EXPERTS AND THOUGHT LEADERS across the globe are putting a lot of thought into the urban response to COVID-19, and particularly the best approaches to steer our cities and metropolitan areas toward recovery. Recovery has multiple meanings in this context: personal health and well-being, economic recovery, and confidence recovery. Achieving a “new normal” will be gradual, incremental, and by necessity experimental as we choose among an array of options to fashion the best future for ourselves and generations to come.
If ever there was a time for creativity and redirection, it is now. Certainly public officials cannot act recklessly, but they must act with determination to move beyond the legacy mobility systems and infrastructure that have proven to be unsustainable and non-resilient. Before COVID, resilience was thought about mostly in connection with the effects of climate change, the rising sea levels, and unusual temperature and weather conditions that have increased in severity and unpredictability. We now know that resilience also relates to vulnerability to disease. Exposure to particulate matter has been shown to increase COVID mortality rates by 15 percent. Compromised lung and cardiovascular systems make people more vulnerable to getting sick more easily and more seriously. The quality of the air we breathe is not a luxury to be granted to the privileged few who can escape to the countryside – it a fundamental right, a moral and economic imperative.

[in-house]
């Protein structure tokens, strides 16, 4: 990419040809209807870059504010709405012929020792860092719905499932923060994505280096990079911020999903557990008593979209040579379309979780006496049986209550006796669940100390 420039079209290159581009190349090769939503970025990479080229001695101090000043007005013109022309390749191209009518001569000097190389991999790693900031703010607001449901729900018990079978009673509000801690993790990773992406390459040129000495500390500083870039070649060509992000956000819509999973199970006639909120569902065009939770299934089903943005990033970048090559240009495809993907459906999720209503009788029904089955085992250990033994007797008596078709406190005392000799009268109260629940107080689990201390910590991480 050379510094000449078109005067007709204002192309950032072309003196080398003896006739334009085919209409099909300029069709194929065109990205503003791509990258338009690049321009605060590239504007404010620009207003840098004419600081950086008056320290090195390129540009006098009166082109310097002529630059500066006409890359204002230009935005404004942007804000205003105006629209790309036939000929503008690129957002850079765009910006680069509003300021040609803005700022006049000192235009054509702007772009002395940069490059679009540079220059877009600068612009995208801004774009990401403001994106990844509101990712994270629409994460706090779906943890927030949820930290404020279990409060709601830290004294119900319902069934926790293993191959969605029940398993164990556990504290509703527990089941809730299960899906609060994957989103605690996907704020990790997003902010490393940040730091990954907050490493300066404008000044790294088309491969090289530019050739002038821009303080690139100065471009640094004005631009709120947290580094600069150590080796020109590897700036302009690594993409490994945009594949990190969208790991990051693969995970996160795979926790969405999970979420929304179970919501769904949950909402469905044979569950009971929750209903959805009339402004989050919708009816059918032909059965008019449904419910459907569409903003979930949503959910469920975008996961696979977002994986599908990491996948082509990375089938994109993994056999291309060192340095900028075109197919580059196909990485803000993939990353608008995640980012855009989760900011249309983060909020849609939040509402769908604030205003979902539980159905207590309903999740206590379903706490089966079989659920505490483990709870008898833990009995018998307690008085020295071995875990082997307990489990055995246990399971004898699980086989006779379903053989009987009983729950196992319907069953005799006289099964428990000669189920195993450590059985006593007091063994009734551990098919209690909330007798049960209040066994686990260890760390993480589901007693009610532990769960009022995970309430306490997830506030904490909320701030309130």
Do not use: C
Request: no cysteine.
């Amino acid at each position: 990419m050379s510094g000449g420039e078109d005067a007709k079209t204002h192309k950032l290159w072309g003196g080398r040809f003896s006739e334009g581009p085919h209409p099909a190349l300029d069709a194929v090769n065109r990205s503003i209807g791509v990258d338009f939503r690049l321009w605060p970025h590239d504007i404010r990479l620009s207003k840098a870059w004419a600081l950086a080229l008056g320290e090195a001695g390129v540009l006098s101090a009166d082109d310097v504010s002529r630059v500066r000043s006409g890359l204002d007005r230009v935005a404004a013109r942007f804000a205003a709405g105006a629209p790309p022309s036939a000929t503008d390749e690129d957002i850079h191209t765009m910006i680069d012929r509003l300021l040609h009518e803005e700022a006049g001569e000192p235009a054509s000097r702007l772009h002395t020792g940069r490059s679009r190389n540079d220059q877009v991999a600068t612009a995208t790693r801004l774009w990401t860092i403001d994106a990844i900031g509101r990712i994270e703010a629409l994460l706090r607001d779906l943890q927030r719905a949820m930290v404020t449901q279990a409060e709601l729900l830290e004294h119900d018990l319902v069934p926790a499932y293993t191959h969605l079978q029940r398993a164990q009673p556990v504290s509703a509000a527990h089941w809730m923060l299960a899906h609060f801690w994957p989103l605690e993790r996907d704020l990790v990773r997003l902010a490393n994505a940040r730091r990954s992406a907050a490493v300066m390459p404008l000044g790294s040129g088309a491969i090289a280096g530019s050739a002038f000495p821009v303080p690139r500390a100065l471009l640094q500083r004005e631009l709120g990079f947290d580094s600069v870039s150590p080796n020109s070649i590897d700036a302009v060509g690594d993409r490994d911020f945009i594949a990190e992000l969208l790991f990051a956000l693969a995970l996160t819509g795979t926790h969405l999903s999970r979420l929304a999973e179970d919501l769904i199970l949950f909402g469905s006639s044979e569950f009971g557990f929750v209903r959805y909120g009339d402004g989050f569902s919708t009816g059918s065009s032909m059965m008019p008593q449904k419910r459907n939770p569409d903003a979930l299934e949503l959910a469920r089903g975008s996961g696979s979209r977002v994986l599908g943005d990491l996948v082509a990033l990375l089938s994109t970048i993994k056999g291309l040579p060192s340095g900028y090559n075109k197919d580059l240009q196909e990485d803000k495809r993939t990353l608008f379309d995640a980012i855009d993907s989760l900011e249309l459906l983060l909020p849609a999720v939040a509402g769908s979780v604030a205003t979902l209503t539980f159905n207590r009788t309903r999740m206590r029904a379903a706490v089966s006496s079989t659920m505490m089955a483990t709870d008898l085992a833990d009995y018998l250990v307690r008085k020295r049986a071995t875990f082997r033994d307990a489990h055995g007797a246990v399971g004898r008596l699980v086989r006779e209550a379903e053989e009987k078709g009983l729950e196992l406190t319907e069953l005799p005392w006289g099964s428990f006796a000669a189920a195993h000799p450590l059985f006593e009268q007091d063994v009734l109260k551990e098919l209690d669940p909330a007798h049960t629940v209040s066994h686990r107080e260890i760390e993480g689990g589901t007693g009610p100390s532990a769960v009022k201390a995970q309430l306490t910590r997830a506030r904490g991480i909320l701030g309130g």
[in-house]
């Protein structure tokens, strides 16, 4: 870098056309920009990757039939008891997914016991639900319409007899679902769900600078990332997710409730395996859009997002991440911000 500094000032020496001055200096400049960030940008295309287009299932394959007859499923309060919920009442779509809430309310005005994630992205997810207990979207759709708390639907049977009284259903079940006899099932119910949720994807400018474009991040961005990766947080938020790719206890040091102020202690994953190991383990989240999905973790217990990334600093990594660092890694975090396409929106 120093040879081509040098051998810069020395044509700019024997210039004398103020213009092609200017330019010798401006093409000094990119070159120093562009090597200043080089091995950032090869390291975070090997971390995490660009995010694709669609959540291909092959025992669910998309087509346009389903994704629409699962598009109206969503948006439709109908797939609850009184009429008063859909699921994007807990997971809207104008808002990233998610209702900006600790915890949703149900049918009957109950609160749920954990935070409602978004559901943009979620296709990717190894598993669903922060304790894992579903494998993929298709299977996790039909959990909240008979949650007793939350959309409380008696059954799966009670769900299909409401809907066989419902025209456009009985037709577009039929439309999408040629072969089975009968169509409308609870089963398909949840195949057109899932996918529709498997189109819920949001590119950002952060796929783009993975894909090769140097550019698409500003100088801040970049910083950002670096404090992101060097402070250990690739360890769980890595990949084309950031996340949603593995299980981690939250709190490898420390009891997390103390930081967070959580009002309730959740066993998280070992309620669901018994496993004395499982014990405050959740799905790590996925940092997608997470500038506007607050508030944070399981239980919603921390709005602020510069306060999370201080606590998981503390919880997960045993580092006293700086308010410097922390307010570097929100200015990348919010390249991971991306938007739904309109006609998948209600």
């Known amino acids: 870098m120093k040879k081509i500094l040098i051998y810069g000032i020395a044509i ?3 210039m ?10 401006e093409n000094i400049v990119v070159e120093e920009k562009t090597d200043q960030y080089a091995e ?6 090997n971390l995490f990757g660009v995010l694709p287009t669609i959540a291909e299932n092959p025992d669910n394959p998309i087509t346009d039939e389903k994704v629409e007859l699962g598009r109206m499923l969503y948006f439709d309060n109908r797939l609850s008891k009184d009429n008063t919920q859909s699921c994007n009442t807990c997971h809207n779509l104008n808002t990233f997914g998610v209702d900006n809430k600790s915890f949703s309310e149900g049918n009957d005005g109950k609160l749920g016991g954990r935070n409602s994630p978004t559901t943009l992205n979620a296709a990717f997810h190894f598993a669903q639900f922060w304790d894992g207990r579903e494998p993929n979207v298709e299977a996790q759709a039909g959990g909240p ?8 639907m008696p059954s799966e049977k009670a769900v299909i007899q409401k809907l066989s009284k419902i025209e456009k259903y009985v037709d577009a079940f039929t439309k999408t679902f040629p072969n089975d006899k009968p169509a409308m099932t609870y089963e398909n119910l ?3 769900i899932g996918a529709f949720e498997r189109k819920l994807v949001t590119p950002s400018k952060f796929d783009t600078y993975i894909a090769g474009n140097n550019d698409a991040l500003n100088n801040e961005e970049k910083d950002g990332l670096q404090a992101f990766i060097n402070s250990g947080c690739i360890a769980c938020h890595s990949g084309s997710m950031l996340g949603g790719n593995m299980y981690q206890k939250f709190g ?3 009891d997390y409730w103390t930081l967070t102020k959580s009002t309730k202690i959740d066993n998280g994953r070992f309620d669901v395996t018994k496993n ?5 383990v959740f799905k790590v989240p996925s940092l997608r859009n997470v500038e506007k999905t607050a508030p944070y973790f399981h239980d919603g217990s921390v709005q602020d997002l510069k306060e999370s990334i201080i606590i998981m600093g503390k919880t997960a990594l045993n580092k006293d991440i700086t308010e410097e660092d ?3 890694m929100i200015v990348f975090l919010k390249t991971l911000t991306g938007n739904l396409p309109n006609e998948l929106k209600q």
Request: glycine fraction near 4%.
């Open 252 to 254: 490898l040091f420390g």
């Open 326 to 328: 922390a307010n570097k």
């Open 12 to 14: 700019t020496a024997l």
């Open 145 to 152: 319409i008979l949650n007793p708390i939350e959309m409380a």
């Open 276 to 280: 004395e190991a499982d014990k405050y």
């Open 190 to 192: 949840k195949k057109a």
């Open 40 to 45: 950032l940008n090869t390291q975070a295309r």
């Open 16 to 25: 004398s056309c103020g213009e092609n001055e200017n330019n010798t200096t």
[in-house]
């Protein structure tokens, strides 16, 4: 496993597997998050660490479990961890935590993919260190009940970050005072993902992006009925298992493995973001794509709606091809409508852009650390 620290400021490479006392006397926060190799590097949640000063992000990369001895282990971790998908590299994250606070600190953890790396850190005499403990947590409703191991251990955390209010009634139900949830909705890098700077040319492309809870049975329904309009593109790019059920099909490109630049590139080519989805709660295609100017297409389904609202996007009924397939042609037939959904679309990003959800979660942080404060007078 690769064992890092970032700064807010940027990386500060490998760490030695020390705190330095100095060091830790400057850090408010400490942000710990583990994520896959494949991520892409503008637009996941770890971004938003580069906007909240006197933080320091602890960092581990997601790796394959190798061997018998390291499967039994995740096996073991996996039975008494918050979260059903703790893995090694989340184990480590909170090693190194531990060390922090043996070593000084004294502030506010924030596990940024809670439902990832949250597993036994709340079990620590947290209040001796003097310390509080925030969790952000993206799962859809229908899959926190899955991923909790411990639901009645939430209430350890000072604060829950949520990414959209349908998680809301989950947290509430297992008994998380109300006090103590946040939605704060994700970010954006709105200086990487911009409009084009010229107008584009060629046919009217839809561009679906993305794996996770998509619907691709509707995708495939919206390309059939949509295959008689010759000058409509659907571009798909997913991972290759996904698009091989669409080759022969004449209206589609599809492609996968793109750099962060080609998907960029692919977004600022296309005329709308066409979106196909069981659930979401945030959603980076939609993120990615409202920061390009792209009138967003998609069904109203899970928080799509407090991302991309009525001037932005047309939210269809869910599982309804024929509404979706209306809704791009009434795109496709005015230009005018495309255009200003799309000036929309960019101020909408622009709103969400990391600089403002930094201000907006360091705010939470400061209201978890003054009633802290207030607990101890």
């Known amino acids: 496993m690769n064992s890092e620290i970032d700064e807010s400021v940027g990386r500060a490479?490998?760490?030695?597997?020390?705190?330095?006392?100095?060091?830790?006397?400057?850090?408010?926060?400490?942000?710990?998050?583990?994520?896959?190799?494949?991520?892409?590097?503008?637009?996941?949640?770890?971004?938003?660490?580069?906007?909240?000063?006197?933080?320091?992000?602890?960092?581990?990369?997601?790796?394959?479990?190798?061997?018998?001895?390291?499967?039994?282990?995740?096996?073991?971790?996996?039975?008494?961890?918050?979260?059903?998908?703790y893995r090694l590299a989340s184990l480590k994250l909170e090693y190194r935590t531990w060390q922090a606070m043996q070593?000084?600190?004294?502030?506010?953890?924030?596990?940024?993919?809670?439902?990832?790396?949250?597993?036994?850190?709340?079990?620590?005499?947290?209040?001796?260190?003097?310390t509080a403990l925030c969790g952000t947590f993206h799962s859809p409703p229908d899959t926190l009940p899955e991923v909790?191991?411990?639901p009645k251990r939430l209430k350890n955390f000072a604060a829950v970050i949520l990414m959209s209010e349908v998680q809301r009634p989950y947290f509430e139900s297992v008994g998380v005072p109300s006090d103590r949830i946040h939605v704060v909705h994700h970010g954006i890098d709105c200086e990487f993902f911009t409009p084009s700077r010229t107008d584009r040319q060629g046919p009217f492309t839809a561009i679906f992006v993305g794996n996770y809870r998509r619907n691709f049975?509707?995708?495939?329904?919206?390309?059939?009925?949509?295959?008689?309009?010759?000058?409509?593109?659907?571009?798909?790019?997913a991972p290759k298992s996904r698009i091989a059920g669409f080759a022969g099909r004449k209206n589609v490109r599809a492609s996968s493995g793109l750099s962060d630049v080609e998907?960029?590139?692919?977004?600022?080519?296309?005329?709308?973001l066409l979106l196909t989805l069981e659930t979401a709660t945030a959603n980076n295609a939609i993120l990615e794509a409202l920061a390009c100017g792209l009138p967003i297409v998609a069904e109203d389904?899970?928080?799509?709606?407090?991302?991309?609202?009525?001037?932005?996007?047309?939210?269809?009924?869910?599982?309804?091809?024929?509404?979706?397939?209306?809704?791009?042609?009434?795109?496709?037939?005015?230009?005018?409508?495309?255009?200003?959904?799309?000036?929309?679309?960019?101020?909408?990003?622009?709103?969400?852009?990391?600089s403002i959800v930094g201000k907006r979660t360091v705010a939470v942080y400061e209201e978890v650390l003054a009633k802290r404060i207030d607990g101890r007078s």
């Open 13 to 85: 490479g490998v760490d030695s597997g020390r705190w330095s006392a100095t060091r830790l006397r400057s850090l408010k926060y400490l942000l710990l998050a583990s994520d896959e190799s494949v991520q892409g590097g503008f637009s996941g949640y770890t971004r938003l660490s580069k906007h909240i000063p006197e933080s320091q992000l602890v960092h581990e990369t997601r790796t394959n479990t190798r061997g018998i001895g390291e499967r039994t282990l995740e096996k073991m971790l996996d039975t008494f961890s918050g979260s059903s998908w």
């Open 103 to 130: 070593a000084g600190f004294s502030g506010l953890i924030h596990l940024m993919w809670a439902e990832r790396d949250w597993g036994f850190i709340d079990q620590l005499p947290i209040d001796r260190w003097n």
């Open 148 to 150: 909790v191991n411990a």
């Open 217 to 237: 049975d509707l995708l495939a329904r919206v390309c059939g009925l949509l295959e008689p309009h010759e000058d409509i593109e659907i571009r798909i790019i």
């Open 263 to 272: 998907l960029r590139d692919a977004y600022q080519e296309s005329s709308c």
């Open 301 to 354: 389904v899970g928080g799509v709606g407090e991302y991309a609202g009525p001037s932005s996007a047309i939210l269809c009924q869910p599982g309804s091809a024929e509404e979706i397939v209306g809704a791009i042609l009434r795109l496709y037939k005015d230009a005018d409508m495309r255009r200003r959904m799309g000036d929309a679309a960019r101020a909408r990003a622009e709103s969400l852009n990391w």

The transportation sector must lead in the effort to plan for and implement a new normal that provides us meaningful access to jobs and health care and opportunity in a way that does not make us more vulnerable to disease. There are short- and long- term implications to this. In the short term it means massively transforming service delivery to respond to current and emerging needs as safely as possible. In the long term it means transforming current equipment to cleaner, all-electric systems and providing a network of transit and rail connectivity with substantially more frequent, all-day service and with convenient connections where appropriate to safe cycling lanes and walkable neighborhood environments (what’s being called “15-minute” neighborhoods that contain key daily or weekly destinations within easy 15-minute walking distance).